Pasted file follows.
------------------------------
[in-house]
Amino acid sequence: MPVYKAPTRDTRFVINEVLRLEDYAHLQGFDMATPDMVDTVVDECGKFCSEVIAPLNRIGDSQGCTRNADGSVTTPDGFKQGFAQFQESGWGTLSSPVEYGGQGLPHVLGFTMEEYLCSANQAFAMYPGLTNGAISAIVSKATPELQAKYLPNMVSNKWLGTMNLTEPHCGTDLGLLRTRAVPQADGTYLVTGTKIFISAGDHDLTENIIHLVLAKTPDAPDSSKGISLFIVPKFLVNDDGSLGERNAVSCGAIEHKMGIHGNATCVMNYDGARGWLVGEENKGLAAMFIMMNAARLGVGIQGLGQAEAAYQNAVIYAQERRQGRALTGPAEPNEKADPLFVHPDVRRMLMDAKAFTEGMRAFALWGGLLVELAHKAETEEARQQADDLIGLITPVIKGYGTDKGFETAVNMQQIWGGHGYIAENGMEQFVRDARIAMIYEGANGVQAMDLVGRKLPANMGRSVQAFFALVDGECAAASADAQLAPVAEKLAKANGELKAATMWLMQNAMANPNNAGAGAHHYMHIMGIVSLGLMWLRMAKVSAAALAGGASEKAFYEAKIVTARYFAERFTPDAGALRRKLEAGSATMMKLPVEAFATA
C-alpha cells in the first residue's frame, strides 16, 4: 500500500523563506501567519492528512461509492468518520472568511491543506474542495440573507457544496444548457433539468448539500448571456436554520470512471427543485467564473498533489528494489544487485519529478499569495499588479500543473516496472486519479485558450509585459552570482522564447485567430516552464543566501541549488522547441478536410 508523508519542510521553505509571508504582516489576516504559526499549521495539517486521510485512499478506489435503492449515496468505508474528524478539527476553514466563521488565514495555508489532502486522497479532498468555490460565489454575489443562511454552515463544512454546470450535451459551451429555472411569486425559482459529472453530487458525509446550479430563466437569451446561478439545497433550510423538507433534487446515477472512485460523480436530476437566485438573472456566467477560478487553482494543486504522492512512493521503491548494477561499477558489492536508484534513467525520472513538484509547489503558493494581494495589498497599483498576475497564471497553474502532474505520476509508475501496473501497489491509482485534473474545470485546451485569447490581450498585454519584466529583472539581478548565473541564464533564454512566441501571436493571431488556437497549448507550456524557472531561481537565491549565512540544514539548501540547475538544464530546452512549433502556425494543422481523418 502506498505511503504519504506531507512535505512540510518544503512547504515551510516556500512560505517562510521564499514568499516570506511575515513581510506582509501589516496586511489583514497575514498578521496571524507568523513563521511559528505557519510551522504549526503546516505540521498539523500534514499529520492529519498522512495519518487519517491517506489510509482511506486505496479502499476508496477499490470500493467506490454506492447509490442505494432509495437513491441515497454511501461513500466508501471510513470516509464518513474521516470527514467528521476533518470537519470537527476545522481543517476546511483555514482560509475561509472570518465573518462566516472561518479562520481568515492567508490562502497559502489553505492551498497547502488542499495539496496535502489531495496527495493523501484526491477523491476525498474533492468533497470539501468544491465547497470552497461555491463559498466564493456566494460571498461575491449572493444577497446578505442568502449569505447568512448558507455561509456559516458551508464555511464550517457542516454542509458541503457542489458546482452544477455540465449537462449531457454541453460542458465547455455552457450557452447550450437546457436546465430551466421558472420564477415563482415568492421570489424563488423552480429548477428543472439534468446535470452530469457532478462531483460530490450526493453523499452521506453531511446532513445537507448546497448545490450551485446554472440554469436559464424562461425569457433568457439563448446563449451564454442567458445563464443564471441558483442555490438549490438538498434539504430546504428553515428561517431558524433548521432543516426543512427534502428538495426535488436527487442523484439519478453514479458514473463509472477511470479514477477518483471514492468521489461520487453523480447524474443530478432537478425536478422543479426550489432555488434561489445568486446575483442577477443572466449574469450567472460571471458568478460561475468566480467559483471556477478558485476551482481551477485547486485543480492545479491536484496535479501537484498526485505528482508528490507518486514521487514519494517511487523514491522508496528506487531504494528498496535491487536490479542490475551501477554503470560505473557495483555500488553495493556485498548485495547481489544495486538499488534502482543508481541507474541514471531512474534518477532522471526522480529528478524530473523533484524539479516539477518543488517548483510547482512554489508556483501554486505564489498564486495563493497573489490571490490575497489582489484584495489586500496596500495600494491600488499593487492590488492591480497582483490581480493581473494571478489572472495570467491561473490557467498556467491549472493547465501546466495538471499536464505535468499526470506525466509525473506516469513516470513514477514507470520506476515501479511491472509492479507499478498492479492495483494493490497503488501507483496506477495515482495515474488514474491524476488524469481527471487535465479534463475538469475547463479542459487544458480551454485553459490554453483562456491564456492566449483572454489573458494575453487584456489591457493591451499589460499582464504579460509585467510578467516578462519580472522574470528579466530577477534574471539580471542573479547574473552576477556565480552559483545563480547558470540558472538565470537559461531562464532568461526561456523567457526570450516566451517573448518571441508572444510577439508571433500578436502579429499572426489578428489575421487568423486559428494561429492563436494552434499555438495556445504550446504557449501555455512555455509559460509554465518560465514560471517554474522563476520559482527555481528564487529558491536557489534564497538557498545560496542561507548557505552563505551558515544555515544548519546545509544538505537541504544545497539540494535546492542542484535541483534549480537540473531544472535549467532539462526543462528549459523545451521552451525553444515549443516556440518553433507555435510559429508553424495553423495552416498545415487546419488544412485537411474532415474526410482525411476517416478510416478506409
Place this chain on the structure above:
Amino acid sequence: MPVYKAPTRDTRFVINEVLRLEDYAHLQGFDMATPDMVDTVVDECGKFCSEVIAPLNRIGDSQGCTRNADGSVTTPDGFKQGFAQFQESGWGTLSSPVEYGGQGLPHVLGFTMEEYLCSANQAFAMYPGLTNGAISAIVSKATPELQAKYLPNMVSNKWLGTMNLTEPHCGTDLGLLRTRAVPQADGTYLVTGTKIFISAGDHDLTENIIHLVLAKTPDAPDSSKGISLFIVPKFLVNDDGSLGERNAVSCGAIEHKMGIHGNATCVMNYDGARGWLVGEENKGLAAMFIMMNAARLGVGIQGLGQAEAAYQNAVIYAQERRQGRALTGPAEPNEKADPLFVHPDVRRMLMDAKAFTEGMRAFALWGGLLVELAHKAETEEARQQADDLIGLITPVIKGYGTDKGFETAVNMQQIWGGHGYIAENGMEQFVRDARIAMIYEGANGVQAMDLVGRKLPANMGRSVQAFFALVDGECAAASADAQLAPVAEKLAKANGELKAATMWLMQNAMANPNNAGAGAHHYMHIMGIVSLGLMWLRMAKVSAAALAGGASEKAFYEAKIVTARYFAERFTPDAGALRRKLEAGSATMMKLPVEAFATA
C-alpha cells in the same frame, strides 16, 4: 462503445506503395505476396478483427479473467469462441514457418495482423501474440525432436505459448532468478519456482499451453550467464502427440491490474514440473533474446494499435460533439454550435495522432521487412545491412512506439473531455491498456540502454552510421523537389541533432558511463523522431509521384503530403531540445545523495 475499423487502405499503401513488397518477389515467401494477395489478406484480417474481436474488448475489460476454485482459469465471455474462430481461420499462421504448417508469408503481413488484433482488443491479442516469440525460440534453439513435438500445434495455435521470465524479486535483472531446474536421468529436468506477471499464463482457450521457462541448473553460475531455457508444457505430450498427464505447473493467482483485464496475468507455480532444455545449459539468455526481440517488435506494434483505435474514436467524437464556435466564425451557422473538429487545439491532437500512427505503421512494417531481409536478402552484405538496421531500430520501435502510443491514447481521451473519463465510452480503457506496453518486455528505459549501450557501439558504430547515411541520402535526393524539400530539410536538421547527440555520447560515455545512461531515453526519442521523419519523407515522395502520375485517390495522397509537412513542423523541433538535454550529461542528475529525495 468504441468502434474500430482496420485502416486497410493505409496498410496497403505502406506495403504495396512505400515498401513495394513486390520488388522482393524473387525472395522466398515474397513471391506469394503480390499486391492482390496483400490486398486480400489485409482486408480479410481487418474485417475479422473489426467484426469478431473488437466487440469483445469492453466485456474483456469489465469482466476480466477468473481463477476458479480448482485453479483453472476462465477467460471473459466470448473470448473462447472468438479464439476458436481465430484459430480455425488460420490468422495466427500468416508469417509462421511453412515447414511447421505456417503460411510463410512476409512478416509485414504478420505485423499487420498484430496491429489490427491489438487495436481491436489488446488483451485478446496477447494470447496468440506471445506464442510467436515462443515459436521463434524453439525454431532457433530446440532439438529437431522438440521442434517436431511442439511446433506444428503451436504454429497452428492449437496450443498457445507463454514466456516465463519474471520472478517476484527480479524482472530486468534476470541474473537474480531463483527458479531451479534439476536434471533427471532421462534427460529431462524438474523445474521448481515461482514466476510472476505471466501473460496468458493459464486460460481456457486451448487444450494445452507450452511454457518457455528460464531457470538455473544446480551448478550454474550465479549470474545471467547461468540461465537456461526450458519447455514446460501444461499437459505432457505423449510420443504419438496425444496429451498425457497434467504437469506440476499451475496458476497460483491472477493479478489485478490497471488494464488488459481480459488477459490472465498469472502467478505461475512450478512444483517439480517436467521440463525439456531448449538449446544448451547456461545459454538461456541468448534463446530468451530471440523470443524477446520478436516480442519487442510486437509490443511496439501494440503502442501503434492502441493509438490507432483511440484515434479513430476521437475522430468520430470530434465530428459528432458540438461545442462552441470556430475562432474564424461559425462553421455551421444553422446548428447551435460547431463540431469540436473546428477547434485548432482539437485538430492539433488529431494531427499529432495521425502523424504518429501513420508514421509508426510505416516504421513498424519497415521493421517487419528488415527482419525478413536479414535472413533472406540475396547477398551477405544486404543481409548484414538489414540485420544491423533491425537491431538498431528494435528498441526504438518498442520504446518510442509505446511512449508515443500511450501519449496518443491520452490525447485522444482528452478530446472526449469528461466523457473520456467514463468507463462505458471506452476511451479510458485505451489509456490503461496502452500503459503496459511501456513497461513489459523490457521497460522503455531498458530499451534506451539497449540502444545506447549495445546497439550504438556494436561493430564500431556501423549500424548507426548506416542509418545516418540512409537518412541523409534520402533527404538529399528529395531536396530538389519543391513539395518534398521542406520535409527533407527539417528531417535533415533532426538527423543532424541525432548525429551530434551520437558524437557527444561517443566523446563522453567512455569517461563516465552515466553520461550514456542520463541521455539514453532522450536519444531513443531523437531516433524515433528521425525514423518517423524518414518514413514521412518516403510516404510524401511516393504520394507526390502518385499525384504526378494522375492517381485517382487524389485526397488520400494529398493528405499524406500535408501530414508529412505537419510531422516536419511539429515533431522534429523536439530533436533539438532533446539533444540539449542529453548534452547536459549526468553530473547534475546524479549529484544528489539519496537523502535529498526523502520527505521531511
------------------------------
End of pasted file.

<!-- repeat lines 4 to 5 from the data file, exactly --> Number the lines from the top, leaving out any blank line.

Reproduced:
Place this chain on the structure above:
Amino acid sequence: MPVYKAPTRDTRFVINEVLRLEDYAHLQGFDMATPDMVDTVVDECGKFCSEVIAPLNRIGDSQGCTRNADGSVTTPDGFKQGFAQFQESGWGTLSSPVEYGGQGLPHVLGFTMEEYLCSANQAFAMYPGLTNGAISAIVSKATPELQAKYLPNMVSNKWLGTMNLTEPHCGTDLGLLRTRAVPQADGTYLVTGTKIFISAGDHDLTENIIHLVLAKTPDAPDSSKGISLFIVPKFLVNDDGSLGERNAVSCGAIEHKMGIHGNATCVMNYDGARGWLVGEENKGLAAMFIMMNAARLGVGIQGLGQAEAAYQNAVIYAQERRQGRALTGPAEPNEKADPLFVHPDVRRMLMDAKAFTEGMRAFALWGGLLVELAHKAETEEARQQADDLIGLITPVIKGYGTDKGFETAVNMQQIWGGHGYIAENGMEQFVRDARIAMIYEGANGVQAMDLVGRKLPANMGRSVQAFFALVDGECAAASADAQLAPVAEKLAKANGELKAATMWLMQNAMANPNNAGAGAHHYMHIMGIVSLGLMWLRMAKVSAAALAGGASEKAFYEAKIVTARYFAERFTPDAGALRRKLEAGSATMMKLPVEAFATA